Agency Also In Possession Of Flight Recorders, APU Battery Charger, Memory Modules And Wire Bundles
In its second update on its investigation into a fire aboard a Boeing Dreamliner belonging to Japan Air Lines at Boston Logan International Airport, January 7th, the NTSB said the lithium-ion battery that powered the auxiliary power unit on the airplane was removed and transported back to the NTSB Materials Laboratory in Washington on January 10. The battery is currently being examined by NTSB investigators, who plan to disassemble it this week.
In advance of that work, under the direction of the NTSB, radiographic examinations of the incident battery and an exemplar battery were conducted this past weekend at an independent test facility. The digital radiographs and computed tomography scans generated from this examination allowed the team to document the internal condition of the battery prior to disassembling it.
In addition, investigators took possession of burned wire bundles, the APU battery charger, and several memory modules. The maintenance and APU controller memory modules will be downloaded to obtain any available data. Investigators also documented the entire aft electronics bay including the APU battery and the nearby affected structure where components and wire bundles were located.
The airplane’s two combined flight data recorder and cockpit voice recorder units were transported to NTSB headquarters and have been successfully downloaded. The information is currently being analyzed by the investigative team.
The airport emergency response group documented the airport rescue and firefighting efforts to extinguish the fire, which included interviews with first responders. Fire and rescue personnel were able to contain the fire using a clean agent (Halotron), however, they reported experiencing difficulty accessing the battery for removal during extinguishing efforts. All fire and rescue personnel responding to the incident had previously received aircraft familiarization training on the Boeing 787.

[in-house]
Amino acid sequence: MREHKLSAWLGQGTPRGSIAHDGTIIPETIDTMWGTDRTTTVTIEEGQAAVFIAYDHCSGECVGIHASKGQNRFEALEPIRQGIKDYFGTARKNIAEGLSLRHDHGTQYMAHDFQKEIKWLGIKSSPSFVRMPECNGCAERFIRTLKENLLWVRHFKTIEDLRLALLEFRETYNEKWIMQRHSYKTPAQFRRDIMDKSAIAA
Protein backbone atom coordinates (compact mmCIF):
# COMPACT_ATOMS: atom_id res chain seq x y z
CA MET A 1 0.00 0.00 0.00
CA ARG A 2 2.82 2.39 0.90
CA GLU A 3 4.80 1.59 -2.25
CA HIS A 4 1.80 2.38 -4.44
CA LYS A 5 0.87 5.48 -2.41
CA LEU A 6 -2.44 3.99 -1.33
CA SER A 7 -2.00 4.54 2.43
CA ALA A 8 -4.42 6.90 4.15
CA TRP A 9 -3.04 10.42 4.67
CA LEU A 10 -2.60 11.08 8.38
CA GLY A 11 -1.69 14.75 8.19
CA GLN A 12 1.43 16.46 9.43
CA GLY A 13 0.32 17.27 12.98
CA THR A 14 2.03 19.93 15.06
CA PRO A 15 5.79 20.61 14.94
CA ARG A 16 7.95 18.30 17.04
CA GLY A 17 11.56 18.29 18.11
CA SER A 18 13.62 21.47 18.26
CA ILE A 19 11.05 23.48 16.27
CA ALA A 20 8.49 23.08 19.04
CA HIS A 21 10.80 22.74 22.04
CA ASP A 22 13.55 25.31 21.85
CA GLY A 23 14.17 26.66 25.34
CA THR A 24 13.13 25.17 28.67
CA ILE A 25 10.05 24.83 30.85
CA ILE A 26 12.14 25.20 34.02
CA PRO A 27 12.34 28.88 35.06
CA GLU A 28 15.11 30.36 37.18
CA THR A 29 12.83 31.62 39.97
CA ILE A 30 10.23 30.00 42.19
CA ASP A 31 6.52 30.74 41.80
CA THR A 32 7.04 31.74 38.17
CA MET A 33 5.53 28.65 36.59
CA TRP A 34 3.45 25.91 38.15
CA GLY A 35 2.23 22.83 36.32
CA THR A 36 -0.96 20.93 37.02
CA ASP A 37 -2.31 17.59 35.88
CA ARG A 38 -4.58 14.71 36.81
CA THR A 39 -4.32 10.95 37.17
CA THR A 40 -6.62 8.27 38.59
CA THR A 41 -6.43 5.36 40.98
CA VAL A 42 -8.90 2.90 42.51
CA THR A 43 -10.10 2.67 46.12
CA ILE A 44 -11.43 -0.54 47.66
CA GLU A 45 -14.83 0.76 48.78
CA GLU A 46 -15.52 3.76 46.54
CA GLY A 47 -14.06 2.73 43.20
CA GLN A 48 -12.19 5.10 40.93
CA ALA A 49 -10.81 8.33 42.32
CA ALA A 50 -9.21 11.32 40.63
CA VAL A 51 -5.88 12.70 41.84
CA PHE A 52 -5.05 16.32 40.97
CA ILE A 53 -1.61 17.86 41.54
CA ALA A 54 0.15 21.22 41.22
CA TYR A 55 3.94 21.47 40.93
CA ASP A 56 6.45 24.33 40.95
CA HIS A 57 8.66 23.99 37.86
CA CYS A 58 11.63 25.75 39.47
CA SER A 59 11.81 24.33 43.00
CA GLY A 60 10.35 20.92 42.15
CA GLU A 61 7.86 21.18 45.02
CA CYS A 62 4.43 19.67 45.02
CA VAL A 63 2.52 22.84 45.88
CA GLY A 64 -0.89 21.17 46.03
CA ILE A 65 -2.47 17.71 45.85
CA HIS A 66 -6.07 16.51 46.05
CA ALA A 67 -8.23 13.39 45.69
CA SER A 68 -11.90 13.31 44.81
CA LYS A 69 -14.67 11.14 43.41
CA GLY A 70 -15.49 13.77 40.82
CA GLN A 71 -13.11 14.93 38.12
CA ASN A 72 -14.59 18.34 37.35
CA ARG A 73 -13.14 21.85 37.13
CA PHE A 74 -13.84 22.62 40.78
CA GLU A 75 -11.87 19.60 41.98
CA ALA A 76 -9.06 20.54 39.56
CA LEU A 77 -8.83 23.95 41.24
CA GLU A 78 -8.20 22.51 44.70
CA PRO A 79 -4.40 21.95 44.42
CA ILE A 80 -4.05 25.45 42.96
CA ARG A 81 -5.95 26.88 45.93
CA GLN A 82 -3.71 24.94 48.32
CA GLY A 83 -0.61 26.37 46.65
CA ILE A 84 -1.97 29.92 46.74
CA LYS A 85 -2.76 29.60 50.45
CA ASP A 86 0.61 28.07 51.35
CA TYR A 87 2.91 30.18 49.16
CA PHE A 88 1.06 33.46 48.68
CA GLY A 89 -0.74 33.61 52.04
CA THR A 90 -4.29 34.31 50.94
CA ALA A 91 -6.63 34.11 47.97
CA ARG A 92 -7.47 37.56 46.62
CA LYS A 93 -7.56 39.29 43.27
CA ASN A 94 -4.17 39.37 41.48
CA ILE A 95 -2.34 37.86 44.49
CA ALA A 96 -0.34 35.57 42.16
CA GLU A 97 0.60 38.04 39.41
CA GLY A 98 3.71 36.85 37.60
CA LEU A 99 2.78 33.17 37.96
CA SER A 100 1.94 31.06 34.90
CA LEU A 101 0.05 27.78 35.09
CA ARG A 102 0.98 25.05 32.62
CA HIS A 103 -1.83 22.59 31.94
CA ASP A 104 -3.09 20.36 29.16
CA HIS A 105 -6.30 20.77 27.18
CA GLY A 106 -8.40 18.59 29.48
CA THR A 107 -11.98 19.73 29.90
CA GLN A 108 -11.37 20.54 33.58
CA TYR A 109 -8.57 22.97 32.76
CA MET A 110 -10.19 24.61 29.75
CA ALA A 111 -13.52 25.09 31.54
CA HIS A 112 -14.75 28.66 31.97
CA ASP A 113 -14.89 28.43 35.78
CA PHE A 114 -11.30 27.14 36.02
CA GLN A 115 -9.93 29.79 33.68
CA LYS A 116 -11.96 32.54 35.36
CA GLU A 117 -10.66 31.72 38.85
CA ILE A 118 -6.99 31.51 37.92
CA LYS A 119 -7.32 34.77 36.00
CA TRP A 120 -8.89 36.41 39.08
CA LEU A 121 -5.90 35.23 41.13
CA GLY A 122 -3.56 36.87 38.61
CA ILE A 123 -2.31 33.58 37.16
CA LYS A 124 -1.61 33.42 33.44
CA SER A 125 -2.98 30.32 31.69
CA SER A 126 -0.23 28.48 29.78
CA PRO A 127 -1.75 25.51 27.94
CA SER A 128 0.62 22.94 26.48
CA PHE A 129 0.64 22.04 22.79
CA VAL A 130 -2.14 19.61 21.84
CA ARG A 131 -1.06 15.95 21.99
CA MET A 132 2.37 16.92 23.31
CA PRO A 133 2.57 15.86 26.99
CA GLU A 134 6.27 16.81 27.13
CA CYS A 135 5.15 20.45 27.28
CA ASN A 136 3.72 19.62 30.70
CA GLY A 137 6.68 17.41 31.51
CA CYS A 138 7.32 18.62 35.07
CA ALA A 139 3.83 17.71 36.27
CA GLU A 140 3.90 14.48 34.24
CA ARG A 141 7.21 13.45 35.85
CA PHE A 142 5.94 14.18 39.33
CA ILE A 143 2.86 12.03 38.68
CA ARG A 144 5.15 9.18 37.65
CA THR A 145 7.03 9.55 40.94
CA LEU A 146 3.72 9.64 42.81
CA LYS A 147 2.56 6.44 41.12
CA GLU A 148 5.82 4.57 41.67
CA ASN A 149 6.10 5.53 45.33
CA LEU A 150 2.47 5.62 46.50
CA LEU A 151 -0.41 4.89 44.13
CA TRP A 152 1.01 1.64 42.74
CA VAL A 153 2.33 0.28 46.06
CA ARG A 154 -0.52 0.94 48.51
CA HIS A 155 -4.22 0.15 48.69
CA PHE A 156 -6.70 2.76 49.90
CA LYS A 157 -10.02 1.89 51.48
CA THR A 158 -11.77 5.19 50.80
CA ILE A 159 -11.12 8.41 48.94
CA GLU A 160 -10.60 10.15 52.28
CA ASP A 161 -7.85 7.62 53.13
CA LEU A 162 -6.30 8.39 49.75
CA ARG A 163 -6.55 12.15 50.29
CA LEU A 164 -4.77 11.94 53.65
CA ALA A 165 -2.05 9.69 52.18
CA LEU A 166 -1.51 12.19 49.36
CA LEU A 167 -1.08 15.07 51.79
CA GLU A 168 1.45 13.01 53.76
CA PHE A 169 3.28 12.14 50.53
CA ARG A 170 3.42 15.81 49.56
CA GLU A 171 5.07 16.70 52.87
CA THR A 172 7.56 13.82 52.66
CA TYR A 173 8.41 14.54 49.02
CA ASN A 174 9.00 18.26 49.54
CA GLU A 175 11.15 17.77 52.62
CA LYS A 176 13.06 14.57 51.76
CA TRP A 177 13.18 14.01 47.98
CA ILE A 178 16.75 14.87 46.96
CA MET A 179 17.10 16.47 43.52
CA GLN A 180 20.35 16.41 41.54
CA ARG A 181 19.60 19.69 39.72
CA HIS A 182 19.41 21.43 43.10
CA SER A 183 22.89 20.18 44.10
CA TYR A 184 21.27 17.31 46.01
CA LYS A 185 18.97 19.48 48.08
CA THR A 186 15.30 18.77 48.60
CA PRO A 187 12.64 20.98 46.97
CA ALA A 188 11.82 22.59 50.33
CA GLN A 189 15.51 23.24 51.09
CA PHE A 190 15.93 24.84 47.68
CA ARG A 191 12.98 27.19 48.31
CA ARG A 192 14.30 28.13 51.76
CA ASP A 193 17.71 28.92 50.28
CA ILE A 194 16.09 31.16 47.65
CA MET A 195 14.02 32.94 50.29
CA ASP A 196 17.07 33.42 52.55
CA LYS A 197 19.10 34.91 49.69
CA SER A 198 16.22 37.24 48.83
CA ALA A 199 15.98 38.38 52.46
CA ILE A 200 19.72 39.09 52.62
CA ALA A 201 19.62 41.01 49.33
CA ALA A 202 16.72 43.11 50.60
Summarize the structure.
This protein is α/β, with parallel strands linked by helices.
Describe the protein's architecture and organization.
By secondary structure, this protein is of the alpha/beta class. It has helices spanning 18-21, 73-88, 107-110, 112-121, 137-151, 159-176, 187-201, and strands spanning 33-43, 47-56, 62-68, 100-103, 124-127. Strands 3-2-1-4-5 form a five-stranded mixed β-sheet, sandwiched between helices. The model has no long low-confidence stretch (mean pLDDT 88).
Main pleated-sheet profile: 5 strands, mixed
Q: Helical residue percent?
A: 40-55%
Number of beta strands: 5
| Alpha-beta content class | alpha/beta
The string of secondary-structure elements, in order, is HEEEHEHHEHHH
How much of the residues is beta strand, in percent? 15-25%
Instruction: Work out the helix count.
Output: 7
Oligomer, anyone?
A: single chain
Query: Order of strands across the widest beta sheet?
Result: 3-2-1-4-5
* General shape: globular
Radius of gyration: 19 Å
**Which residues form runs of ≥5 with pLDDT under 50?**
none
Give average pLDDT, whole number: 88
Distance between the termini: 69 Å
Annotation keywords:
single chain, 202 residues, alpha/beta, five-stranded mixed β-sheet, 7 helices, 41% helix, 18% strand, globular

In accordance with international investigative treaties, the Japan Transport Safety Board and French Bureau d'Enquêtes et d'Analyses pour la sécurité de l'aviation civile have appointed accredited representatives to the investigation. The NTSB-led investigative team is comprised of subject matter groups in the areas of airplane systems, fire, airport emergency response, and data recorders and includes experts from the Federal Aviation Administration, The Boeing Company, US Naval Surface Warfare Center’s Carderock Division, Japan Airlines (aircraft operator), GS Yuasa (battery manufacturer), and Thales Avionics Electrical Systems (APU battery/charger system).
Further investigative updates will be issued as events warrant.
Meanwhile, Japan's Transport Ministry has opened its own investigation into reports of a JAL Dreamliner leaking fuel, once at Logan and then again at Japan's Narita International Airport on Sunday.
The online site Buying Business Travel reports that, in a statement, the Japanese Transport Ministry said “Given the fuel leakage incidents occurred in succession, the minister directed the aviation director of the Regional Civil Aviation Bureau to open an investigation and find the causes of the two leaks as soon as possible.”
JAL said that the fuel leaked from a nozzle on the left wing designed for fuel discharge.
(Images provided by the NTSB)